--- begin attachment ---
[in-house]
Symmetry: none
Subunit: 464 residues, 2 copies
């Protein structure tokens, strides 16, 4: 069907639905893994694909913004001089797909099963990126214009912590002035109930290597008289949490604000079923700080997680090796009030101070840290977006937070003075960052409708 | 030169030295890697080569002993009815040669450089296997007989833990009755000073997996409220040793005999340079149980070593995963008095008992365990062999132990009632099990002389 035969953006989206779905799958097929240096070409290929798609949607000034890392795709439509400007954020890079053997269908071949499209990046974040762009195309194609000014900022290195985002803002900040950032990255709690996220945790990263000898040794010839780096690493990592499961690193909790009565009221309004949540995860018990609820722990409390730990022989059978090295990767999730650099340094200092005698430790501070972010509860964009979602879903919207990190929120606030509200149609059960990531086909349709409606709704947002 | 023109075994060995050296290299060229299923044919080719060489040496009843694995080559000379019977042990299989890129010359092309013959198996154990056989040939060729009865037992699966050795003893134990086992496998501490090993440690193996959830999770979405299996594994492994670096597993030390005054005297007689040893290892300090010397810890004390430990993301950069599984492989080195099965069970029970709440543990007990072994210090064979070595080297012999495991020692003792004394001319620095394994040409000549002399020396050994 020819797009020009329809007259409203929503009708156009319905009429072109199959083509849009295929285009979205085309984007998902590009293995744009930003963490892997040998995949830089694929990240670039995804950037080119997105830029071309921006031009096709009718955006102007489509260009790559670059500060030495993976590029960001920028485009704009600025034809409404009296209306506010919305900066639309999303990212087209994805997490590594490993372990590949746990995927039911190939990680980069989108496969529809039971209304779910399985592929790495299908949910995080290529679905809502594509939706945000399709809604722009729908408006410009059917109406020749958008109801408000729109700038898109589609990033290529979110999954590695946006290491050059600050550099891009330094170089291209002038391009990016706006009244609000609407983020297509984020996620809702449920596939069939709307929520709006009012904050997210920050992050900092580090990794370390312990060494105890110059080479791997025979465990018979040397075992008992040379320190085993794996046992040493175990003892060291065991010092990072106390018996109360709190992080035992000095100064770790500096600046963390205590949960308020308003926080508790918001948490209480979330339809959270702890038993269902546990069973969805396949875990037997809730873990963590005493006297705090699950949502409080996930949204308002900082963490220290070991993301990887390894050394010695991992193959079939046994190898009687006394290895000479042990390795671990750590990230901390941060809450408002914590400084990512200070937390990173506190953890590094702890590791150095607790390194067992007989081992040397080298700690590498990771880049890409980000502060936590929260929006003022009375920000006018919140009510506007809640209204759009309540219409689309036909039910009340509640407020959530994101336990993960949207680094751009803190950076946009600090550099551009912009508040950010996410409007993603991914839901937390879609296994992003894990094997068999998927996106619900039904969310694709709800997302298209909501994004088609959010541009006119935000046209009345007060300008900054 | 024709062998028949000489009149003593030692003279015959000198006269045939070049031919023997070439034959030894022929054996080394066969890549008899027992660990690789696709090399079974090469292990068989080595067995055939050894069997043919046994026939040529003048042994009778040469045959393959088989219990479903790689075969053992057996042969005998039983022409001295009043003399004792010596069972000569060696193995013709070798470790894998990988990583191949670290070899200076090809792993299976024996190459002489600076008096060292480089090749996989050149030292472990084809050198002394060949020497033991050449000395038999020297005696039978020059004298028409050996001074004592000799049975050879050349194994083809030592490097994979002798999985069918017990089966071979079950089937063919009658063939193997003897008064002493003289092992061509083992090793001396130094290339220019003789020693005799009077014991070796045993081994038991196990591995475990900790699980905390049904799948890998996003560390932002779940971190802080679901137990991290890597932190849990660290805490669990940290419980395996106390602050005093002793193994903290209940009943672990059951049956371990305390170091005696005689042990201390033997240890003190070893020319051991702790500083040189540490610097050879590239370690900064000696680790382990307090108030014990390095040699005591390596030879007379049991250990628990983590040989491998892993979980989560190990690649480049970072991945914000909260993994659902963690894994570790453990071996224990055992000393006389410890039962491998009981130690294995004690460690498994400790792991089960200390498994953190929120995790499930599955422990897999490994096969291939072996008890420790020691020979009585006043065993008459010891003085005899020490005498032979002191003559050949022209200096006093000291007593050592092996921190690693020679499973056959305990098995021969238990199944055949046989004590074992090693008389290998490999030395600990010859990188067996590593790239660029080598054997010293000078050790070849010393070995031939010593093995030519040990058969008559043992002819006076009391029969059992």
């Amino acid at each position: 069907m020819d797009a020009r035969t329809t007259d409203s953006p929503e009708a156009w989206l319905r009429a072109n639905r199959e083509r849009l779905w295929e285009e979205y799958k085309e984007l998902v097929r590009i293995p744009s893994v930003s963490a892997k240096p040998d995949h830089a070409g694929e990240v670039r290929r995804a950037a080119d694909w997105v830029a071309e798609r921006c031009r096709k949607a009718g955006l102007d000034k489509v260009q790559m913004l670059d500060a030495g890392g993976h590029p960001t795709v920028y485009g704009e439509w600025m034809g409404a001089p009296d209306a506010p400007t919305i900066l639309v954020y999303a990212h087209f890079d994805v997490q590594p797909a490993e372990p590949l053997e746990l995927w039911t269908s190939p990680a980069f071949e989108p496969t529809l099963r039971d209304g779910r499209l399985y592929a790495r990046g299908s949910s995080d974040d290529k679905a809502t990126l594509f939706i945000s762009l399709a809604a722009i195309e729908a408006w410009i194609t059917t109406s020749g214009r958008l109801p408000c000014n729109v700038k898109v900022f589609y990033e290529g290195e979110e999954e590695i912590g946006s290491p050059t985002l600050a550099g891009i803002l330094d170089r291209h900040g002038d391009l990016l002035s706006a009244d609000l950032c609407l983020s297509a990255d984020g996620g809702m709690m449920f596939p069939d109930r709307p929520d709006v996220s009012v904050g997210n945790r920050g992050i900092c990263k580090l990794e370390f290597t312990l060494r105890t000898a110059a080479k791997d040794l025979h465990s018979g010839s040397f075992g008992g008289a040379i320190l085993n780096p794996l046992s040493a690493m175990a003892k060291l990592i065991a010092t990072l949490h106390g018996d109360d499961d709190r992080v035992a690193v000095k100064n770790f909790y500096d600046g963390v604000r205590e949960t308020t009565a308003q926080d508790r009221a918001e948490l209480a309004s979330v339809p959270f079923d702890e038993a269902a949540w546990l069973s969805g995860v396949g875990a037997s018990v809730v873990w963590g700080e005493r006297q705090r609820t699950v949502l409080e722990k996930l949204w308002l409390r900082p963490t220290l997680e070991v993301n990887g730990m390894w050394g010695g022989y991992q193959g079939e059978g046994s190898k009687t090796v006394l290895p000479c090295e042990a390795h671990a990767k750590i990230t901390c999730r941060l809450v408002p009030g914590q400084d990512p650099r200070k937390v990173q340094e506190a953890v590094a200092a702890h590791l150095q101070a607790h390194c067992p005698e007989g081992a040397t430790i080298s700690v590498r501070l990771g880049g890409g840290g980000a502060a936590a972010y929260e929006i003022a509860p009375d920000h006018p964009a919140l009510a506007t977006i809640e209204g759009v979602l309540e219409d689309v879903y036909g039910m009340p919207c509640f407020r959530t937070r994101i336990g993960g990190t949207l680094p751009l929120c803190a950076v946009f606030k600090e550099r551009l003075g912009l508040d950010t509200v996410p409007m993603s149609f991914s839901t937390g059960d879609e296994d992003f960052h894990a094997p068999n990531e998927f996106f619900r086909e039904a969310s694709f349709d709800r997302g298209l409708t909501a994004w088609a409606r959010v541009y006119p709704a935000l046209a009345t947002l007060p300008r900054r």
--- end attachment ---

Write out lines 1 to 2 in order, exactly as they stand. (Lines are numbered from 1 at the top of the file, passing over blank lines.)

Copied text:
[in-house]
Symmetry: none